The Radiologist’s View
The Hospital for Special Surgery (HSS) acquired the EOS ® imaging system because the technology gives us biplanar capability with a single exam, with no distortion in the image and most importantly, it is low-dose. Our orthopaedic surgeons wanted to reduce radiation dose for their patients, particularly the pediatric patients who need repeated x-rays for limb-length discrepancies or for scoliosis. Previously, in order to get a long field of view of the patient, such as the pelvis to the ankles or from the skull to the pelvis, you would have to take two different exposures from the anteroposterior (AP) or frontal view, and another two from the lateral or side view. Both images of each view then had to be digitally stitched together. Sometimes there was poor stitching so you would not get an accurate image length. EOS ® vertically scans the desired length and has the ability to image from head to toe in one exam. Moreover, the system has two detectors and two tubes so you can get both the frontal and lateral views in one shot, greatly reducing the time required for a full exam.
We have a lot of potential users wanting access to this technology
With EOS ®, in addition to getting a longer field of view and simultaneous frontal and lateral acquisitions, we have the ability to image patients in functional positions either standing or sitting. With this, we can see how a patient’s lower limbs (hips, knees) are positioned and aligned when standing and how this changes when seated. We acquired this technology originally for our pediatric patients. It quickly became very popular with orthopaedic surgeons, because they realized how important it was for all patient groups – adults with scoliosis, limb length discrepancies, etc. We have a lot of potential users wanting access to this technology.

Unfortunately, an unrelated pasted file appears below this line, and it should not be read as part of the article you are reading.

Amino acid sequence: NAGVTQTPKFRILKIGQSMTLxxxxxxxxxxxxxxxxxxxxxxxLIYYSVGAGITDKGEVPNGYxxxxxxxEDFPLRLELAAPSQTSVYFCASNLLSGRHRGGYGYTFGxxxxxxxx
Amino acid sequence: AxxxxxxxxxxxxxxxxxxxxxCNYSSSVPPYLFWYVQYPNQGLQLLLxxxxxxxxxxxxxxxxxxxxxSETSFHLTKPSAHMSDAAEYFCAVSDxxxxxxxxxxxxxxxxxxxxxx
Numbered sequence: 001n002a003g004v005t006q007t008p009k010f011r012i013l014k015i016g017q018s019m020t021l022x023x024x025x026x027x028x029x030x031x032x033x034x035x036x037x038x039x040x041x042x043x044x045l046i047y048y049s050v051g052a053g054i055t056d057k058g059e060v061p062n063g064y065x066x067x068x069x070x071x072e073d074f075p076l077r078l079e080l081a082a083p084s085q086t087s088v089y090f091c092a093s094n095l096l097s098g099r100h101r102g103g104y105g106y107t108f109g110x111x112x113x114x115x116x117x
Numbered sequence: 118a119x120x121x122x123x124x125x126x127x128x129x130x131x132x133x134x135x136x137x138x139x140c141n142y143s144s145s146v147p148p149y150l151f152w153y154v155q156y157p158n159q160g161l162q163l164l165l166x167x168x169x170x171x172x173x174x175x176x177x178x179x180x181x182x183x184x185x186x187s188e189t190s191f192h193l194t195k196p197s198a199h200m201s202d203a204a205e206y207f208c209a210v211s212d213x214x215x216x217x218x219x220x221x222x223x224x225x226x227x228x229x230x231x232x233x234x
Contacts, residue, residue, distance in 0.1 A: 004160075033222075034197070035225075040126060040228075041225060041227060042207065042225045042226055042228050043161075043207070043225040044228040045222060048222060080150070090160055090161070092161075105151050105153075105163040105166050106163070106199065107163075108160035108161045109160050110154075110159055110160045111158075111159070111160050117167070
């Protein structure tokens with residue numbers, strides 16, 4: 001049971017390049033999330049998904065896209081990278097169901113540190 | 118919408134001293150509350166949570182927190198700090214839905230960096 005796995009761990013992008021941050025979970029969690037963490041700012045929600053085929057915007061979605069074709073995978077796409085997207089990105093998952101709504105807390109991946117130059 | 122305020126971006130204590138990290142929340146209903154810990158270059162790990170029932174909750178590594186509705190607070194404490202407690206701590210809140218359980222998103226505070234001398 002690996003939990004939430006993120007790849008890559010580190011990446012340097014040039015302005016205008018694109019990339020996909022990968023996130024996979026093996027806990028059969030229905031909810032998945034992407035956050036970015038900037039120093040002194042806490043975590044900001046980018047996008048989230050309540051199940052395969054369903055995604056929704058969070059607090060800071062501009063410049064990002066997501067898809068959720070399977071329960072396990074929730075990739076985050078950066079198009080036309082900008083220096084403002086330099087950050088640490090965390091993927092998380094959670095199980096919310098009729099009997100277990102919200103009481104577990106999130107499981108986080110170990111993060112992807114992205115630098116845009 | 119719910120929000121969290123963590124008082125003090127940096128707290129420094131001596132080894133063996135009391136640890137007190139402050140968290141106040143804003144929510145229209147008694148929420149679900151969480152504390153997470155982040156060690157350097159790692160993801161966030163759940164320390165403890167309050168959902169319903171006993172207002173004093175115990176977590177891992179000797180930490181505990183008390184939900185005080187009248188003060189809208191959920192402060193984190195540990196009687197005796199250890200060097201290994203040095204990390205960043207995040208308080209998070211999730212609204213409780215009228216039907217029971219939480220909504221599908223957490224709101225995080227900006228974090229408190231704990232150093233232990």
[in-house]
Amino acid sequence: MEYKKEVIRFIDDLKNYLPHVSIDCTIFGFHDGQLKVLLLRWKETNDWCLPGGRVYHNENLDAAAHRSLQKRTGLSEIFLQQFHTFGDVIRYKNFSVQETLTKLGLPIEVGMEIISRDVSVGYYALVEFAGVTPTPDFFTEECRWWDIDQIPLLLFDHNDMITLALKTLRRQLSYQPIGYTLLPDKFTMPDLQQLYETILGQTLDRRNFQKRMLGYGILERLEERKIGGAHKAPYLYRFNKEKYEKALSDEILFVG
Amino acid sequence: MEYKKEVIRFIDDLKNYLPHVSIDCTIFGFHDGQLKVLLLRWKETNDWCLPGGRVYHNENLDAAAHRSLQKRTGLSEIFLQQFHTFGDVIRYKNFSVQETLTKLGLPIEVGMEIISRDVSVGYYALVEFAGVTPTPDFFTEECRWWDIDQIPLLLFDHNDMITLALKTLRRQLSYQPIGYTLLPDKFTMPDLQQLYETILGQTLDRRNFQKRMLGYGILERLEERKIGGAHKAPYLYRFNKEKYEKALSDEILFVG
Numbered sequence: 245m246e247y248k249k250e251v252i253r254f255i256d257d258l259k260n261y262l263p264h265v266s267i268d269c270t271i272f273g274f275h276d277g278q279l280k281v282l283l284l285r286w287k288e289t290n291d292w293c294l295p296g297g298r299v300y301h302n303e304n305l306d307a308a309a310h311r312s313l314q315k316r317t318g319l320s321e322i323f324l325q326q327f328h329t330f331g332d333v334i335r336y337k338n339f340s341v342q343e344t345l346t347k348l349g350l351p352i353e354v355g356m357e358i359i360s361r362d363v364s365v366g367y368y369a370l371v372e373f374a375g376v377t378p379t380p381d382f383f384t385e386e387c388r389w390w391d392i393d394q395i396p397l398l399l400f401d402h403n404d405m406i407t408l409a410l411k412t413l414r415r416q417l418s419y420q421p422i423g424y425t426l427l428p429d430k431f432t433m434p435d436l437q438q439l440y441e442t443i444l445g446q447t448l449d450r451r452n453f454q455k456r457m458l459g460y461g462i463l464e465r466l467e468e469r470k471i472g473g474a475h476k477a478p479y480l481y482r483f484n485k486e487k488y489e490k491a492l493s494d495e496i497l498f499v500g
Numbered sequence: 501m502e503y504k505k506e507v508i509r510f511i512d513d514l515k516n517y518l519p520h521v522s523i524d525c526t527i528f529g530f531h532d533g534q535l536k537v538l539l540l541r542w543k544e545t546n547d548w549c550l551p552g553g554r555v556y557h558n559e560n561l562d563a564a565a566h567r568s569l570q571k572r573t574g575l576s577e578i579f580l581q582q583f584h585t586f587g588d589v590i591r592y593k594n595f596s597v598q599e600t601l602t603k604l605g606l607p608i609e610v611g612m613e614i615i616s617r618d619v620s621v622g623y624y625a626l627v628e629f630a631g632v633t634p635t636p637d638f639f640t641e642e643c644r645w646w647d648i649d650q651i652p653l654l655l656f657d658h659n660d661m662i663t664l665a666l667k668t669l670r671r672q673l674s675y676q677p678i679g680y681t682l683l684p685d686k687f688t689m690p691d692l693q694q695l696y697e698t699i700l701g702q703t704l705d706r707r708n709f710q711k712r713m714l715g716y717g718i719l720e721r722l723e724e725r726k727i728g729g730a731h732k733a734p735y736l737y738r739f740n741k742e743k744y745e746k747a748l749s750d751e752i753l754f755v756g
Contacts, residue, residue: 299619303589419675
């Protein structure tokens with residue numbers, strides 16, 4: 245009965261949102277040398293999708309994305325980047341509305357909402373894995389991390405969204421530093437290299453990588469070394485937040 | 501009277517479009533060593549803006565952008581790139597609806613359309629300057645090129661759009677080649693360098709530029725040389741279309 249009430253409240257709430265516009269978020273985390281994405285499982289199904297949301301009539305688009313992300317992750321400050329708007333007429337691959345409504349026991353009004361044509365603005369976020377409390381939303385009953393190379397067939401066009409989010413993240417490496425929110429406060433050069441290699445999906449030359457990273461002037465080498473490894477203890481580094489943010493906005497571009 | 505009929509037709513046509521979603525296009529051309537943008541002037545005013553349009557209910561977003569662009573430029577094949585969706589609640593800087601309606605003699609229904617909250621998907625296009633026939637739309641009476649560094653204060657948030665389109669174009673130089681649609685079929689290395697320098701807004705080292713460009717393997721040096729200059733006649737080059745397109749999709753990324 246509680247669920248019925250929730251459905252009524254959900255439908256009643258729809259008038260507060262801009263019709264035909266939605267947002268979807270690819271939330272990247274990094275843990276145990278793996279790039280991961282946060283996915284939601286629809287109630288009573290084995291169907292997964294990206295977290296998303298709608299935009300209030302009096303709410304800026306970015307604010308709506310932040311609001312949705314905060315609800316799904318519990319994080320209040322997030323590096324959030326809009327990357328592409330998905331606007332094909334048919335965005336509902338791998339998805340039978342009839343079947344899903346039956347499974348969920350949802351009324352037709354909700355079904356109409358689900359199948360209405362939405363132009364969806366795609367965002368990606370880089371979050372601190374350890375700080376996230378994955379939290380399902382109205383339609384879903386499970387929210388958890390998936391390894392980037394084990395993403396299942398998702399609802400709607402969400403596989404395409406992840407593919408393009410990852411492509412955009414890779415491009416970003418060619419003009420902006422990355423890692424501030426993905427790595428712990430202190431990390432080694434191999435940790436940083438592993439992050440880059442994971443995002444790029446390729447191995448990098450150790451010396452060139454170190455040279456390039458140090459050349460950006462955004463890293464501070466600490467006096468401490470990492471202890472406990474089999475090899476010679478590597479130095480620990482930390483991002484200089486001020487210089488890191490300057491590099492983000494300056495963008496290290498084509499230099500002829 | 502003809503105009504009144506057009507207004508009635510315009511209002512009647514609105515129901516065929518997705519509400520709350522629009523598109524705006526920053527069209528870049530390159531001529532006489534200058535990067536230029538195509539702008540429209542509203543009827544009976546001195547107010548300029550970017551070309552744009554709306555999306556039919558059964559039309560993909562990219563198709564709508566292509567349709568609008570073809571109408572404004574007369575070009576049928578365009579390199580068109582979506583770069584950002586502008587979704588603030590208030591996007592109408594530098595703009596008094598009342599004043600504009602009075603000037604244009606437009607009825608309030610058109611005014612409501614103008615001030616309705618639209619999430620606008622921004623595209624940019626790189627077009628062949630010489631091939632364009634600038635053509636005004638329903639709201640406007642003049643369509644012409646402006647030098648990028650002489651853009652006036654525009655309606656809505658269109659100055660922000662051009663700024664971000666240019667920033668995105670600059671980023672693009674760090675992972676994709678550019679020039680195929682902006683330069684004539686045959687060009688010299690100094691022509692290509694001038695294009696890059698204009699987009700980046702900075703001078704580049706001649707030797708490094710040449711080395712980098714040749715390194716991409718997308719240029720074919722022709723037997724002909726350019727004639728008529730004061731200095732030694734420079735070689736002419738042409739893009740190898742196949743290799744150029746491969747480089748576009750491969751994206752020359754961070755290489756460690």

Once the biplanar images, frontal and lateral, are acquired simultaneously, and since the system is pre-calibrated, the sterEOS workstation can be used to build a personalized 3D model of the patient’s lower limbs or spine. These models are accompanied by automatically calculated 3D measurements of the patient’s anatomy, all from a single pair of lowdose radiographs.
Joint Replacement Research
We are using this technology for research with Dr. David Mayman on total hip and knee replacements (Carroll et al. 2016; Esposito et al. 2016a; 2016b). For example, we want to find out what the anatomy is beforehand, and discover why some patients dislocate following hip surgery. That may be a function of how the pelvis orientation changes between sitting and standing, and EOS ® lets us see this. The relationship of the patient’s spine to their pelvis is something people have been looking at for years, but it’s been difficult to research, especially in 3D, until now with EOS ®. This system gives us that ability to look at the entire spine and the lower extremities from front and side in a single exposure. It allows us to see the relationship between the spine and pelvis changes between standing and sitting, and that’s very important. We were not able to do this very well with conventional x-rays. EOS ® opens up a whole new area not just for patient care, but research as well.
EOS ® is a tool that is especially adapted to long-axis imaging in weight-bearing, functional positions (standing, sitting), for children (scoliosis, leg lengths) as much as for adults (scoliosis, leg lengths, joint replacement). Scans with EOS ® are quicker and more accurate than doing the traditional radiograph stitching, and the fact that you get a frontal and a lateral view with a single exposure also gives a considerable time advantage. It has improved our patient care and opened up an important area of research.
The Orthopaedic Surgeon’s View
The EOS ® orthopaedic imaging device uses lowdose, biplanar radiographs to capture full body, lower extremity or spine images without stitching or vertical distortion. Furthermore, it provides images in functional positions.
EOS ® replaces standard preoperative radiographs, and at the Hospital for Special Surgery (HSS), we have found EOS ® to be extremely accurate in predicting component positioning when compared to computed tomography (CT).